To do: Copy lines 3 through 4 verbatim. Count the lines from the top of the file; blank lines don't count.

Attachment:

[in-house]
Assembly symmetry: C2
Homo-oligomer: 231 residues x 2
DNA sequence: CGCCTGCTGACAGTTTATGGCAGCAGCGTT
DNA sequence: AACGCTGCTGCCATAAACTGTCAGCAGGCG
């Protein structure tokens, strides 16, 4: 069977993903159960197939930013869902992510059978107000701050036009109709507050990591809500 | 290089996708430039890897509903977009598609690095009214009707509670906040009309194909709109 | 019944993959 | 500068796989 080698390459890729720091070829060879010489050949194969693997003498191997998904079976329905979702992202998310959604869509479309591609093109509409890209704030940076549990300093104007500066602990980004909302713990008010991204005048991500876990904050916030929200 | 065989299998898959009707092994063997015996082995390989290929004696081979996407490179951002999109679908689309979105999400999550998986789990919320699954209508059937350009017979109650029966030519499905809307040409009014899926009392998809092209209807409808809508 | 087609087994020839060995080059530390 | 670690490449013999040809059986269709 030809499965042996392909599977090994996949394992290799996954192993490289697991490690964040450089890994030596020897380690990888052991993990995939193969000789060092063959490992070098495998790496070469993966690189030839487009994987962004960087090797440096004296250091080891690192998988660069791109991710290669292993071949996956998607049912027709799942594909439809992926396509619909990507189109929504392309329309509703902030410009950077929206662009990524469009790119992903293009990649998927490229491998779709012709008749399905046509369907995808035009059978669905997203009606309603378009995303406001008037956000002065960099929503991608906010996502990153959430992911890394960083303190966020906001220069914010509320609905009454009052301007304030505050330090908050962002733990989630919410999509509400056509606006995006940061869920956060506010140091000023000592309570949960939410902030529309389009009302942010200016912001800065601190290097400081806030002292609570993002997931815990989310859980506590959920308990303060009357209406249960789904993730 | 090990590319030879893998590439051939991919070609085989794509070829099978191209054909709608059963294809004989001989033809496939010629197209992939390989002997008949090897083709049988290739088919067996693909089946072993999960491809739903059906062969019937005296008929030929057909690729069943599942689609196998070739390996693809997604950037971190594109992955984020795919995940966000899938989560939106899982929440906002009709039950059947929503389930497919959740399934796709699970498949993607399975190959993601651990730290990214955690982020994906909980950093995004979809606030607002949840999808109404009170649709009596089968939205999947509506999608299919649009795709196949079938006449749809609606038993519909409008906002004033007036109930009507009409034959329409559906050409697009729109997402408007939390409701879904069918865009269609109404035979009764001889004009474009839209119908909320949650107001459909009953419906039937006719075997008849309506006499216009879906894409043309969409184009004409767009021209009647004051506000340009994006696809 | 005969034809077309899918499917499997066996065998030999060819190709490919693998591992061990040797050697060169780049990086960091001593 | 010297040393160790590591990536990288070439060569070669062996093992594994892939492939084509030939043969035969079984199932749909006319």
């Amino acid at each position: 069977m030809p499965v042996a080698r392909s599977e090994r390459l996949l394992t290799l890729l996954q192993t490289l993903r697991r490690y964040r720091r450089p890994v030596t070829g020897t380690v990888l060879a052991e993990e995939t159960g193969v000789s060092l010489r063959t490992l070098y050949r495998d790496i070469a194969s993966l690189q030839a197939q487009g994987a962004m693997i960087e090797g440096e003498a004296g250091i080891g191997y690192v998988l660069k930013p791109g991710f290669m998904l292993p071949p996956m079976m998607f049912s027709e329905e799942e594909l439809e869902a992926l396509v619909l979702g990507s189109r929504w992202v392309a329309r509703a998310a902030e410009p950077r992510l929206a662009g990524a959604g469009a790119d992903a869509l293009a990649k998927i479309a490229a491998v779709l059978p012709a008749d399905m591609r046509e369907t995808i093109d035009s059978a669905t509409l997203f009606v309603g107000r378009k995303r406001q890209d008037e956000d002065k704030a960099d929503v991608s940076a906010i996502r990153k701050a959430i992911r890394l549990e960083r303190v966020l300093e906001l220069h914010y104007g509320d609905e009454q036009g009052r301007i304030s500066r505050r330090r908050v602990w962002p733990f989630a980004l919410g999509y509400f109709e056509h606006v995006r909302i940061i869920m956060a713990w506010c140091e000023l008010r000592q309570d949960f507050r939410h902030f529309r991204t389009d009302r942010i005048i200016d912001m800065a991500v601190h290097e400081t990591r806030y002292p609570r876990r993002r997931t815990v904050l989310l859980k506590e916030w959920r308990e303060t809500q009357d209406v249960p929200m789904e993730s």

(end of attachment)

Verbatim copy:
Homo-oligomer: 231 residues x 2
DNA sequence: CGCCTGCTGACAGTTTATGGCAGCAGCGTT